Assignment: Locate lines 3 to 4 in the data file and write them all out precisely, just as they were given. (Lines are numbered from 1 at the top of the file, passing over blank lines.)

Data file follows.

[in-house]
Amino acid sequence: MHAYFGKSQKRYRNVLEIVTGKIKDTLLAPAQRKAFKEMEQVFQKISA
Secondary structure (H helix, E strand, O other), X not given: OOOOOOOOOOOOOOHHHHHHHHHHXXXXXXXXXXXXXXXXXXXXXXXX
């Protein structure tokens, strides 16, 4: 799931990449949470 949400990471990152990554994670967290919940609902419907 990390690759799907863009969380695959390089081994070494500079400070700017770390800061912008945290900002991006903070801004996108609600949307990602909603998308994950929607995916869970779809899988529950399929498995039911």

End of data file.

Secondary structure (H helix, E strand, O other), X not given: OOOOOOOOOOOOOOHHHHHHHHHHXXXXXXXXXXXXXXXXXXXXXXXX
């Protein structure tokens, strides 16, 4: 799931990449949470 949400990471990152990554994670967290919940609902419907 990390690759799907863009969380695959390089081994070494500079400070700017770390800061912008945290900002991006903070801004996108609600949307990602909603998308994950929607995916869970779809899988529950399929498995039911």